Second, albums and concert tickets track different types of demand. Album sales typically signal current popularity, while concert tickets signal legacy fandom. Even if an artist is past their peak popularity, they can sell tons of concert tickets if fans love their back catalog. But these album bundles have made it harder to distinguish live performance potential from temporary popularity. Despite the granularity of streaming data, it’s difficult to infer consumer behavior. The only reason Kenny Chesney can outsell Drake in 2020 is because of his concert ticket bundles.

Third, superstar artists careers can have several peaks and valleys. If Beyonce followed the standard career arc, then her lower-than-usual sales of 2011 album 4 would have signaled the start of her decline. Imagine if someone advised 2011 Beyonce that her best years were behind her?! That would have been worse than the infamous New York Times 2003 article Solo Beyonce, She’s No Ashanti.

When artists believe that their best years are past, they accept that those three instances can’t happen. It can easily be viewed as pessimism.

The pandemic makes it harder on the former superstars

We’re a long ways away from watching live performances in tightly-packed buildings. COVID-19 is as active as ever, especially in the U.S. But when concerts do return, the competition for venues will be intense. The last thing the industry needs is to fill its slate with artists that hope they can fill venues.

In March, comedian and Trapital Podcast guest Roy Wood Jr. wrote an article in Vulture on how stand-up comedians will get squeezed when comedy shows return. It also applies to musicians:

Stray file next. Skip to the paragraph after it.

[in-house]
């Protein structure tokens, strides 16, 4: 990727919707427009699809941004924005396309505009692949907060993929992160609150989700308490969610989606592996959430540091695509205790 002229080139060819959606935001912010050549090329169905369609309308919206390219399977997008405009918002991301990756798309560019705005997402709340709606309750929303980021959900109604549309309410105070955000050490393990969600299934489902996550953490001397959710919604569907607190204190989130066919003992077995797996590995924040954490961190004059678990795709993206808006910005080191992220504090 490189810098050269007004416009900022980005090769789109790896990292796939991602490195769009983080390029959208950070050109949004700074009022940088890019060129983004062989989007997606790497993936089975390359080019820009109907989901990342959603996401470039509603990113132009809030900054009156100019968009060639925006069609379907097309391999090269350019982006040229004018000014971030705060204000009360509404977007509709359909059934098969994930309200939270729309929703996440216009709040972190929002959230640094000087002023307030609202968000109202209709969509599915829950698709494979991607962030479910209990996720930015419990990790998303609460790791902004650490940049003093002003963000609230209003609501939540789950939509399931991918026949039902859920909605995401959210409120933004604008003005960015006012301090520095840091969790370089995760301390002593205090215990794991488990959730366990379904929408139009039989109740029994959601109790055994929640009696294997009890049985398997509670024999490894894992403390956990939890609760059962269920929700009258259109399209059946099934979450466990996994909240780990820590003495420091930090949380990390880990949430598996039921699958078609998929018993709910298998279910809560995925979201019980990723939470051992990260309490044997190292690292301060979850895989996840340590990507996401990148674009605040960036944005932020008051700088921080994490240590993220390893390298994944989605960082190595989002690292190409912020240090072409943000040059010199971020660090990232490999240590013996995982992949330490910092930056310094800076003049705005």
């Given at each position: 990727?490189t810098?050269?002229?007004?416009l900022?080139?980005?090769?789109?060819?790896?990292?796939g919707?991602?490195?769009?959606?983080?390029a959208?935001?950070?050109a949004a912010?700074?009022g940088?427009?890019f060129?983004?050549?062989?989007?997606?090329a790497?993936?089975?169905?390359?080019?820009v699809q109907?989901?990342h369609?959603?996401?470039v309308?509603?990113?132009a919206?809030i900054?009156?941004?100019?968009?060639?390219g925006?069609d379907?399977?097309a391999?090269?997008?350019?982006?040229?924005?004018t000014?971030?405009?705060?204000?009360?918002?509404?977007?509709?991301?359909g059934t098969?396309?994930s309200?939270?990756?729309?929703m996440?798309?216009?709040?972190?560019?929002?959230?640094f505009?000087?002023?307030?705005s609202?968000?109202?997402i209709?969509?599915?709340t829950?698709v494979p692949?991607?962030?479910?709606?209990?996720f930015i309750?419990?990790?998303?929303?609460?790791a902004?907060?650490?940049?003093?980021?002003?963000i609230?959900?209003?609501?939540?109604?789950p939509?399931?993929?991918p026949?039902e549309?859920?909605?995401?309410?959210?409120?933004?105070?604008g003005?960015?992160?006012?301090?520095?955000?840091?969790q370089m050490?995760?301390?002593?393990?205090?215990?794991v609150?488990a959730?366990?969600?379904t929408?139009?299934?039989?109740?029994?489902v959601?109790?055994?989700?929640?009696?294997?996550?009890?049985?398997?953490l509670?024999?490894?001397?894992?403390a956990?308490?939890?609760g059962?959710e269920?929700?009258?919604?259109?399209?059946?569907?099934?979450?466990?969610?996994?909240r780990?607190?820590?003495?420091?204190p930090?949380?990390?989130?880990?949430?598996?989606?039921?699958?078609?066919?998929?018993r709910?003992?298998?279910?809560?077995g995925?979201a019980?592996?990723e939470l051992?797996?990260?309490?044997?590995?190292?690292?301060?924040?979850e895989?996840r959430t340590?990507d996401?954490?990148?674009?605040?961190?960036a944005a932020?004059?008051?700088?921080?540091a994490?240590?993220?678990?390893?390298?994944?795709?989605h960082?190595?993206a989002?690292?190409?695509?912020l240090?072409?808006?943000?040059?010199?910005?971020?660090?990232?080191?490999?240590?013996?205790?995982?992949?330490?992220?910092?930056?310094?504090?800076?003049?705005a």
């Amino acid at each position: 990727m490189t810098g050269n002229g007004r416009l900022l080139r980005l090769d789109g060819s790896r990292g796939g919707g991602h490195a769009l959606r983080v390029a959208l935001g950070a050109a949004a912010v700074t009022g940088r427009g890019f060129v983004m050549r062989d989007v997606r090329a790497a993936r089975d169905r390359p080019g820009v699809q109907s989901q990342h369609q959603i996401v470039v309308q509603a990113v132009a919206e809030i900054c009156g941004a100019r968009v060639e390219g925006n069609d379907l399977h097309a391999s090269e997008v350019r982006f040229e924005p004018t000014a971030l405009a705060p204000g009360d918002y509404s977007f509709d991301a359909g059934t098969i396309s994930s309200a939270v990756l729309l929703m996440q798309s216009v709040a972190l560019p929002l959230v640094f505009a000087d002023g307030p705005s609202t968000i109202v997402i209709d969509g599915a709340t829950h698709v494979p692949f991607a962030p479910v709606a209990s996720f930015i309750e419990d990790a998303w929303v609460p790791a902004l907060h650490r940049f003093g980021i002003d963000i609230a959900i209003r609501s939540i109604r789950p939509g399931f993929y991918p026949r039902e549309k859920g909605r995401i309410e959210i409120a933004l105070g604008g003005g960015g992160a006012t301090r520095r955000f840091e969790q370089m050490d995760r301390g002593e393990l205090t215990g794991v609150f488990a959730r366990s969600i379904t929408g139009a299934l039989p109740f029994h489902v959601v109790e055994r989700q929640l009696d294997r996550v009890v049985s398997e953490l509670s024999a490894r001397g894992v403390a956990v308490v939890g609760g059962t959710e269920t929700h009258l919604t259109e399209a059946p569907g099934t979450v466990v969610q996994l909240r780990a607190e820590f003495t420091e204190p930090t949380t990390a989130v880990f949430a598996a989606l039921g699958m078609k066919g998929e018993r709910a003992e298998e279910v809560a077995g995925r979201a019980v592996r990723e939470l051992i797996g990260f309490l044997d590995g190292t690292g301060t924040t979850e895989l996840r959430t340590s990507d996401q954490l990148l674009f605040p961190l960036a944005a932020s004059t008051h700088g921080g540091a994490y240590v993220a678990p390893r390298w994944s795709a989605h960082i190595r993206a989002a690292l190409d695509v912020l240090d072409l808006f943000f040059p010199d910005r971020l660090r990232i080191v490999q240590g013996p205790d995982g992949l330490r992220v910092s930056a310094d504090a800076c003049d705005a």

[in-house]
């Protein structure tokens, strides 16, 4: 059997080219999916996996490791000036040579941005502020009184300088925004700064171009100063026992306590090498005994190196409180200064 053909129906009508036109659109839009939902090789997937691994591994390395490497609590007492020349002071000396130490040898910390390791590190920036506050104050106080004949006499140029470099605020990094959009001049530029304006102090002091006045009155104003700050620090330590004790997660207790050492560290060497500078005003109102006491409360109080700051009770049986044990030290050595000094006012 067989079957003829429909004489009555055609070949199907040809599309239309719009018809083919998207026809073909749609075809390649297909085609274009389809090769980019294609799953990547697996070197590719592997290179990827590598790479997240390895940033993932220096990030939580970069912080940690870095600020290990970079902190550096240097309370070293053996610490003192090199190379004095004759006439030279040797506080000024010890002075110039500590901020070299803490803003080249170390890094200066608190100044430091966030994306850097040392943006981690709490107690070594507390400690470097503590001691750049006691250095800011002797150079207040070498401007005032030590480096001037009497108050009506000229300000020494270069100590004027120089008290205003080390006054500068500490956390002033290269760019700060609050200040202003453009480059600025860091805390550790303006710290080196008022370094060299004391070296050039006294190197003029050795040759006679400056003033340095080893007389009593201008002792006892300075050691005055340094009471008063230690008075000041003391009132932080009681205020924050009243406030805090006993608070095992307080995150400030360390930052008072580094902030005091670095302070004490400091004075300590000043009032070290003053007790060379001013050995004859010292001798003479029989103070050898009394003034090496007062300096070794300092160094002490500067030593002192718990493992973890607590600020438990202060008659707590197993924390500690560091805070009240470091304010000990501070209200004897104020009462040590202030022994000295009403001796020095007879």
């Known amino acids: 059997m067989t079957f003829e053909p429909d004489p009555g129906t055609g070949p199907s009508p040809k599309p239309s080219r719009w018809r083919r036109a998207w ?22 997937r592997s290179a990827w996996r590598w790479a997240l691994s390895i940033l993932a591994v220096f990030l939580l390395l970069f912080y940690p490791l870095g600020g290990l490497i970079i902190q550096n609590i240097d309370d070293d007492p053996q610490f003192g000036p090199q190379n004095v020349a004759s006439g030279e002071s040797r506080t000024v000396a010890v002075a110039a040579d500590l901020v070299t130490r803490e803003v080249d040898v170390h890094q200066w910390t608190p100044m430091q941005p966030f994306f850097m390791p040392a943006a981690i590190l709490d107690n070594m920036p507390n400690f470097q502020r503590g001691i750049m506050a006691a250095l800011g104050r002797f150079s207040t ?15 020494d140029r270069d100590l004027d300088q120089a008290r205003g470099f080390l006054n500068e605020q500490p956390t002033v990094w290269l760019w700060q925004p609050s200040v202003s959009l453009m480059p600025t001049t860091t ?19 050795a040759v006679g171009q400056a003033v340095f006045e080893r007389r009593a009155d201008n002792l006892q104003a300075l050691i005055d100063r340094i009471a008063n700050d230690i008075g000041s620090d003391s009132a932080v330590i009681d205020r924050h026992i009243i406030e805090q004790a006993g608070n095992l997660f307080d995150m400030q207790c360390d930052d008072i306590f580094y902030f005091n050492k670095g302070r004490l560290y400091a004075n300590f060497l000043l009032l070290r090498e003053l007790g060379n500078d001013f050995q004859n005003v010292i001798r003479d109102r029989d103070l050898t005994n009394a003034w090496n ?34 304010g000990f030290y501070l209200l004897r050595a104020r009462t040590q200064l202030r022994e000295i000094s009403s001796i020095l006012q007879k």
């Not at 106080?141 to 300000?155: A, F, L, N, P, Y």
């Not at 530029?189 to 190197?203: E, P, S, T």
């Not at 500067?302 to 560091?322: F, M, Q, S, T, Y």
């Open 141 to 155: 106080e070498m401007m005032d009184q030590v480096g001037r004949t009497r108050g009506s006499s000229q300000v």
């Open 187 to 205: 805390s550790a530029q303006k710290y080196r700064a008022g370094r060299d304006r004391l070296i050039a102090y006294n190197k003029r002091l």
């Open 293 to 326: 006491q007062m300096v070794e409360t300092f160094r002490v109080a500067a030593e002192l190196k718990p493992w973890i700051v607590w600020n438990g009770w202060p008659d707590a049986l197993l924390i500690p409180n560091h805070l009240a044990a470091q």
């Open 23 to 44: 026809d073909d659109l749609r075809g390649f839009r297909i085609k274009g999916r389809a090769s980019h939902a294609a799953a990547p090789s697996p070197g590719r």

“As larger arena and theater acts cancel upcoming dates, they will be looking to reschedule in the fall, competing with one another and people already booked during that time frame. It’s very plausible that some of these theater acts will trickle down into the comedy clubs, which means if you’re a performer that’s getting canceled right now or set to perform at a comedy club in the fall, your dates may not be safe…

 

If you aren’t a weekend act that’s already selling tickets consistently, the clubs that are hurting in attendance over the next few months could find themselves in a position where it doesn’t make sense to pay you your full fee to come entertain 50 people in a room that seats 300. The fiscally smart thing for the club to do is cancel you and put some locals onstage that will work for less and need the money. No matter what level of comedy you’re at, whether you have dates or not, this shit ain’t safe.”